A good deal can make an ugly car more palatable or a mediocre car more desirable when the end result means a ton of money off the asking price. Maybe the Ford Flex's hearse-like styling becomes acceptable or the Chrysler Town & Country's minivan stigma less traumatic when there are serious incentives on the table, which happens to be the case with the 2013 Ford Flex Limited with the Titanium Package and 2013 Chrysler Town & Country Limited we recently tested.
As configured, the Flex and Town & Country offer similar gas mileage ratings, seating for seven, comparable horsepower and equal safety ratings from the Insurance Institute for Highway Safety. Plus, nearly identical retail prices are separated by a mere $170: $42,570 for the Flex and $42,440 for the Town & Country as-tested, not including destination charges. The amount of money taken off the top is impressive with enough discounts to take the whole family on a summer vacation in either family hauler.
The Ford Flex's incentives in the Midwest include the coveted zero-percent financing; incentives are similar nationwide. Zero-percent financing pairs with $1,000 cash back to offer the Flex's lowest total cost of $41,570 without additional negotiating or dealer incentives. The Flex's caveat is that only those with the best credit ratings will qualify for zero-percent financing, and the term length is 48 months. An $866.04 monthly payment comes with the 48-month financing, but not considering other costs like taxes, destination and dealership fees.
A second offer of up to $3,500 cash back includes $2,500 consumer cash and $1,000 cash back when using Ford's financing — both offers expire April 1. The monthly payment is lower with a 60-month term $701.42, though the overall cost is an additional $1,621 compared to the zero-percent deal. We used Bankrate.com's national average 60-month interest rate of 4.018% for new cars. Cars.com provides a Cash Back vs. Low Interest calculator to weigh the differences between the offers, found here. It's hard to beat zero-percent financing in most situations.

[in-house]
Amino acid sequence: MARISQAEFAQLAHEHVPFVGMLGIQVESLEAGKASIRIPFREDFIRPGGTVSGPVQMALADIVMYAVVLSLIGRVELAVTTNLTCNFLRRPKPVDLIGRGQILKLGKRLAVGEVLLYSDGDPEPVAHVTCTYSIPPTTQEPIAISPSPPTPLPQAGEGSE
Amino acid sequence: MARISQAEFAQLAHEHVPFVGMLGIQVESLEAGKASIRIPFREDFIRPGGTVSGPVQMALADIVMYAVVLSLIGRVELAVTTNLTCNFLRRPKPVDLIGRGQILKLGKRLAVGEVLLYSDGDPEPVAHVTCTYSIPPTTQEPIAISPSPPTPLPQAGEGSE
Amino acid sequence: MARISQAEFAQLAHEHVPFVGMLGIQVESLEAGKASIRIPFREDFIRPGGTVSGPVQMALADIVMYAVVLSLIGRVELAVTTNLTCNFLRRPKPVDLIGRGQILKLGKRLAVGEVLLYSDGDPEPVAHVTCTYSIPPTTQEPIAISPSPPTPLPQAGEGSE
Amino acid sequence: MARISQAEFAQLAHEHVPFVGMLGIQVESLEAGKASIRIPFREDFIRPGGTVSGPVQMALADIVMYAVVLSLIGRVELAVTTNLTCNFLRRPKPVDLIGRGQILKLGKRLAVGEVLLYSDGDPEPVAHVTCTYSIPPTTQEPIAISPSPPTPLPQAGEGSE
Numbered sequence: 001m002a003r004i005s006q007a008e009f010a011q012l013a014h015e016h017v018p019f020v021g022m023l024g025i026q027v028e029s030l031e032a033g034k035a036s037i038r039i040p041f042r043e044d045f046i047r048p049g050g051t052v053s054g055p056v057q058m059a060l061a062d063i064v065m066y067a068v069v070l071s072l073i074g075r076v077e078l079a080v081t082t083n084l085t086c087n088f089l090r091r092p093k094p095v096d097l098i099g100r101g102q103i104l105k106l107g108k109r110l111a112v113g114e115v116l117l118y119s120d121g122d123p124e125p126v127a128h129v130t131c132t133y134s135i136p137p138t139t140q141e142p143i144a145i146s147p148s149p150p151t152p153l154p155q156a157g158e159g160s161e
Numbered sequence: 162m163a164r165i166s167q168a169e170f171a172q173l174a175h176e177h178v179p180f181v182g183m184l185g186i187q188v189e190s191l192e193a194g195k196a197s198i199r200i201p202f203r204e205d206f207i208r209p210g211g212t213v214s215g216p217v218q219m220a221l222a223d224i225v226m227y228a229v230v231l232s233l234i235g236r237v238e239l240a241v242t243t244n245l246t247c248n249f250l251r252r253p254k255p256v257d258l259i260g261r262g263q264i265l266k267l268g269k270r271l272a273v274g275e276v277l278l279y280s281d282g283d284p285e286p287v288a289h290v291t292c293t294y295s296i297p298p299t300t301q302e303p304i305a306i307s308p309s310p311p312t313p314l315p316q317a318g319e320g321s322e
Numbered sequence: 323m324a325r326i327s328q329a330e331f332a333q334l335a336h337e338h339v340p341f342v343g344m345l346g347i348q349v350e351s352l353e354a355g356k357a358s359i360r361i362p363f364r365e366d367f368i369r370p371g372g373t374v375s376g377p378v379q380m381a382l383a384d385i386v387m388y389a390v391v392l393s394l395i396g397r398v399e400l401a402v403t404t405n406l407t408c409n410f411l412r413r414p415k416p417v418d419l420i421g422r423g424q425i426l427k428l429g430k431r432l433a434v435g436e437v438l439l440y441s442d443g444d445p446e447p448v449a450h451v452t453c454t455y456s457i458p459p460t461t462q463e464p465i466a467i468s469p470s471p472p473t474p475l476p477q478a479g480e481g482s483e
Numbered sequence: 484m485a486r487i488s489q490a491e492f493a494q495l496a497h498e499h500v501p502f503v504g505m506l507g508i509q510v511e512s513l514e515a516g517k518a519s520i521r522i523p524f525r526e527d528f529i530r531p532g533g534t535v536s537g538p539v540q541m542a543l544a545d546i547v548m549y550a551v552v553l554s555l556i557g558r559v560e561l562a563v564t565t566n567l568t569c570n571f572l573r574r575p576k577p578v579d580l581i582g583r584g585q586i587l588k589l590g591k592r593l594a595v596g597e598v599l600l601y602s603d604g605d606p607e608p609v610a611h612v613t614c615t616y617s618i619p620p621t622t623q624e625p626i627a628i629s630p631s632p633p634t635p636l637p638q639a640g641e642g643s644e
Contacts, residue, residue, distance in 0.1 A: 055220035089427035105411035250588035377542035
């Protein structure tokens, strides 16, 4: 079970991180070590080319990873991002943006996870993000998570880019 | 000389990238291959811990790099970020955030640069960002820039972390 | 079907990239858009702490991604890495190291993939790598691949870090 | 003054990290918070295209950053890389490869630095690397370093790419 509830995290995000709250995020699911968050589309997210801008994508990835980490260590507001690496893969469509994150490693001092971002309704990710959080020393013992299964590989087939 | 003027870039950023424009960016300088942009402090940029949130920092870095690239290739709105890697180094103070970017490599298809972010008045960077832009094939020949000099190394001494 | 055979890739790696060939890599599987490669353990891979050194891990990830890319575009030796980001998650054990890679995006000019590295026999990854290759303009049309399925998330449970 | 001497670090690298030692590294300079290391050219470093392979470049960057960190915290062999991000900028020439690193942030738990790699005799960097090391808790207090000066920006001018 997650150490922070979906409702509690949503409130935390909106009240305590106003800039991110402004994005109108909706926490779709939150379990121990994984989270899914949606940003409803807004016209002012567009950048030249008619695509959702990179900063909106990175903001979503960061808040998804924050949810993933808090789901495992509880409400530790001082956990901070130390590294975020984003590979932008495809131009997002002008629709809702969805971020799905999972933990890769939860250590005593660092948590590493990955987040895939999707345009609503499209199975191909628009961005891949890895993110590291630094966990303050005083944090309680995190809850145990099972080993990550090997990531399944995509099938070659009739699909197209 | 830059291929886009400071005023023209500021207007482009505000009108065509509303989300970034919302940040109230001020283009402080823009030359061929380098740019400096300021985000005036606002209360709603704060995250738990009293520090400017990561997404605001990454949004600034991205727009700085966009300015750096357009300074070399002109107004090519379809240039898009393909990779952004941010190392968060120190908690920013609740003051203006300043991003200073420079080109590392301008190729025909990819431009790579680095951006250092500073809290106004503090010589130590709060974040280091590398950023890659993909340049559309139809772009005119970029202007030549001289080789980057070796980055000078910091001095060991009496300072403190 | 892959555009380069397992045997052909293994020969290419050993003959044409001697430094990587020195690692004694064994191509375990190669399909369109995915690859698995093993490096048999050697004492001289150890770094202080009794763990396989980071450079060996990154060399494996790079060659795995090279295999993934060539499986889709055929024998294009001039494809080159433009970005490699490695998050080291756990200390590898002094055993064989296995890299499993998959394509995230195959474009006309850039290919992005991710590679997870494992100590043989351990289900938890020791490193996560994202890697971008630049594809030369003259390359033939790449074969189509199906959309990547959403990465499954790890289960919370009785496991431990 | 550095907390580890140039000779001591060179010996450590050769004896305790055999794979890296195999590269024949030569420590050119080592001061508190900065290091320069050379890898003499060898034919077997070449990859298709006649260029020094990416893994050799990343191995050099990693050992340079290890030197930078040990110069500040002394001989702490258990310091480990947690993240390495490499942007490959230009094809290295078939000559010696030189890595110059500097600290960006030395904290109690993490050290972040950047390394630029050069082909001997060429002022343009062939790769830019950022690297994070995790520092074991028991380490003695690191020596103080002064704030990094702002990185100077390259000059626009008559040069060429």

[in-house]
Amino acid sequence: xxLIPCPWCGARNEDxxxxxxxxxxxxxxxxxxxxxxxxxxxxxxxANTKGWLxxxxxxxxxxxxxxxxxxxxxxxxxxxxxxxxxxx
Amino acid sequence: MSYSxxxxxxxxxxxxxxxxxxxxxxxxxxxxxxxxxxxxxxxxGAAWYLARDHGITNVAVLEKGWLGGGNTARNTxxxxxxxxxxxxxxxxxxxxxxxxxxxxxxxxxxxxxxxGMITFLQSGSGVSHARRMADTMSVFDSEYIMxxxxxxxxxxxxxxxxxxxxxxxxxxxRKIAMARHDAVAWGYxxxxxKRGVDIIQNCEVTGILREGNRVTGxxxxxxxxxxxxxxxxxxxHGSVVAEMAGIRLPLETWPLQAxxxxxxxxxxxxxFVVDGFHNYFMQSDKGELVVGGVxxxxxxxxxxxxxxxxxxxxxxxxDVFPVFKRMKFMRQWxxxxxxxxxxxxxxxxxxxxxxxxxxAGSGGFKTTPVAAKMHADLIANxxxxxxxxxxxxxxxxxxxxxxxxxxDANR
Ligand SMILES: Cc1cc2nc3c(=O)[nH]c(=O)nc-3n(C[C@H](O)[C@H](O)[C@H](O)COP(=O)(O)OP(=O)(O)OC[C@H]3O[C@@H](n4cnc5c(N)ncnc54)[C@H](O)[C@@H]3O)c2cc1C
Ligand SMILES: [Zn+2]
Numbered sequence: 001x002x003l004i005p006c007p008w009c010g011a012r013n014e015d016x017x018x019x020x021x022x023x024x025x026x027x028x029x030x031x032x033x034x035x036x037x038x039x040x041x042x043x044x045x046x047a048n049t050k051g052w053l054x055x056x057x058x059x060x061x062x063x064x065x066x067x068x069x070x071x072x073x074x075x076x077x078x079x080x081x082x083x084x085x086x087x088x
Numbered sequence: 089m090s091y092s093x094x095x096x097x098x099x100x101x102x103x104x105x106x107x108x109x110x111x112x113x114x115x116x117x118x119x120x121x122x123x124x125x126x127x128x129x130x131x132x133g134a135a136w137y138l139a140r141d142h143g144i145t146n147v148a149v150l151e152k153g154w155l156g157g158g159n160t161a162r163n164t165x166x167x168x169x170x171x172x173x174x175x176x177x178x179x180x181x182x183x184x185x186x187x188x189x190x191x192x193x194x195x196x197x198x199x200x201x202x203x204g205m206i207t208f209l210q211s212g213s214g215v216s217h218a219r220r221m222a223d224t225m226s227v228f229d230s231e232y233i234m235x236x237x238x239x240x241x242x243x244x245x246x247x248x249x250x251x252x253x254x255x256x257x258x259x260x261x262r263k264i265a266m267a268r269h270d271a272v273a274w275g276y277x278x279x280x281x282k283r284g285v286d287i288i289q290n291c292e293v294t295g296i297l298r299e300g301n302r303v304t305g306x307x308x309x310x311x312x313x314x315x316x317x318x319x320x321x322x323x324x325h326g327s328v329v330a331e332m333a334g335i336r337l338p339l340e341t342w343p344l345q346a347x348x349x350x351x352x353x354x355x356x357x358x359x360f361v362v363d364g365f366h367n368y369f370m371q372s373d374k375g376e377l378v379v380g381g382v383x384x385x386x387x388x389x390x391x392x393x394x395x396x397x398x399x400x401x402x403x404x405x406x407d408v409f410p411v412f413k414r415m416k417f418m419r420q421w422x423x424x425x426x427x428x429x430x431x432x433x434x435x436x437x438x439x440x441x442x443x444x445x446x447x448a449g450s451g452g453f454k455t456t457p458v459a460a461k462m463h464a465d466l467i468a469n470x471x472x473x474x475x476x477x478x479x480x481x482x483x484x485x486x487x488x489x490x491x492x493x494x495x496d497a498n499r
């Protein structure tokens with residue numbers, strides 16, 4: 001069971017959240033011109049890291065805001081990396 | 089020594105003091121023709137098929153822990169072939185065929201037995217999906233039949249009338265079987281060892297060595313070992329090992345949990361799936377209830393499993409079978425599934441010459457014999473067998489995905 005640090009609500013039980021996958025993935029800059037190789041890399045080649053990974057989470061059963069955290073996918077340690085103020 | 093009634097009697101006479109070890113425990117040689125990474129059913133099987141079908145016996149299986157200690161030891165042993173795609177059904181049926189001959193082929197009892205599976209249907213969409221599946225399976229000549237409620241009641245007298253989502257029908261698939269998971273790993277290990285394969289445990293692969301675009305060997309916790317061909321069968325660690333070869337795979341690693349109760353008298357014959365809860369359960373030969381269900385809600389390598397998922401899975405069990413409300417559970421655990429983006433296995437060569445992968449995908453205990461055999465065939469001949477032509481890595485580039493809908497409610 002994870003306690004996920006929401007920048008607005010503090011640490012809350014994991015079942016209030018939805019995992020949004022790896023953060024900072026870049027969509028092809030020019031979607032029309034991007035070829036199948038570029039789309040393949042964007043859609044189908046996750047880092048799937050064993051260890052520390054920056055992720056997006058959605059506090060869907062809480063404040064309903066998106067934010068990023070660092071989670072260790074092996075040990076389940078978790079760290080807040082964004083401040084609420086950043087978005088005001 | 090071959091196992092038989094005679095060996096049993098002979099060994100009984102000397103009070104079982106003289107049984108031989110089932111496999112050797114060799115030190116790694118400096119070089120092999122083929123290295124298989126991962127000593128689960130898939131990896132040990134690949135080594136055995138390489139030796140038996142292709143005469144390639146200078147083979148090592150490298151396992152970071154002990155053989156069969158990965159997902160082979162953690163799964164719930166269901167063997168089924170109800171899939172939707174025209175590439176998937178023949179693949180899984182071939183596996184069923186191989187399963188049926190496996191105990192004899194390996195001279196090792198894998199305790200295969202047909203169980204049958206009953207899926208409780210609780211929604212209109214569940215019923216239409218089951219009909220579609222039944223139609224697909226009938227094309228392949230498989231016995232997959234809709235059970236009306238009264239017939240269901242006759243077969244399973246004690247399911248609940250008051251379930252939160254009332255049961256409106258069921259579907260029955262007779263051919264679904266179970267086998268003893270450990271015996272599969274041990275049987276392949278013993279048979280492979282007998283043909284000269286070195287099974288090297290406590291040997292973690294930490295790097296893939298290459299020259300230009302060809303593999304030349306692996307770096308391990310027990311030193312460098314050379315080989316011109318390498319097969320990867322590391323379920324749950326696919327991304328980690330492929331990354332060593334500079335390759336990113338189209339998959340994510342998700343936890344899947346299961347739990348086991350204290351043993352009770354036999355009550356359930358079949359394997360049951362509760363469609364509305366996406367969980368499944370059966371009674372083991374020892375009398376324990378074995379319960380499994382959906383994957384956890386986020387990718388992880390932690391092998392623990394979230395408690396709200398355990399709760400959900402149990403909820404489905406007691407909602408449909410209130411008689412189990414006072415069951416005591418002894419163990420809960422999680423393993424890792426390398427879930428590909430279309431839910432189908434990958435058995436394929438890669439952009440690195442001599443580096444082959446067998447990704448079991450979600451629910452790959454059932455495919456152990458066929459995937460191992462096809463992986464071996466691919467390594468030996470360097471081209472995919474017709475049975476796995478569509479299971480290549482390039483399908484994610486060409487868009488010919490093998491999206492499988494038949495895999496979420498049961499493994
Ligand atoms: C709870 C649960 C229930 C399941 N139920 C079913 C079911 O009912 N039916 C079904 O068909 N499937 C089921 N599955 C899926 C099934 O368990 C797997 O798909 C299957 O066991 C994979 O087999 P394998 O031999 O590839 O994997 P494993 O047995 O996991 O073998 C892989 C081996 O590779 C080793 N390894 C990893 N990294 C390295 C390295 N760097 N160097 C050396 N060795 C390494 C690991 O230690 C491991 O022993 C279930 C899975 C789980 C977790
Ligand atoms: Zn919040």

Surprise, surprise: Zero-percent financing is also offered on the Town & Country with $500 cash back on the Limited trim level only. Our tester came to $42,440 before incentives. But instead of a 48-month term, Chrysler offers a financing term of up to 60 months for a lower monthly payment of $699 over five years compared to the Flex's $866 monthly payment for four years. The total amount paid after the loan's term ends is $41,940 for the Town & Country and $41,570 for the Flex.
In the end, both save consumers nearly $5,000 compared to having no incentives. We'd choose the Flex for our money with its additional refinement and non-minivan looks, but those who need more cargo room or who are offended by the Flex's appearance (most people, in fact) can still save a lot with the Chrysler. As always, we recommend negotiating the price before applying any incentives when it comes down to making a deal.
Compare the Ford Flex and Chrysler Town & Country
2013 Ford Flex Review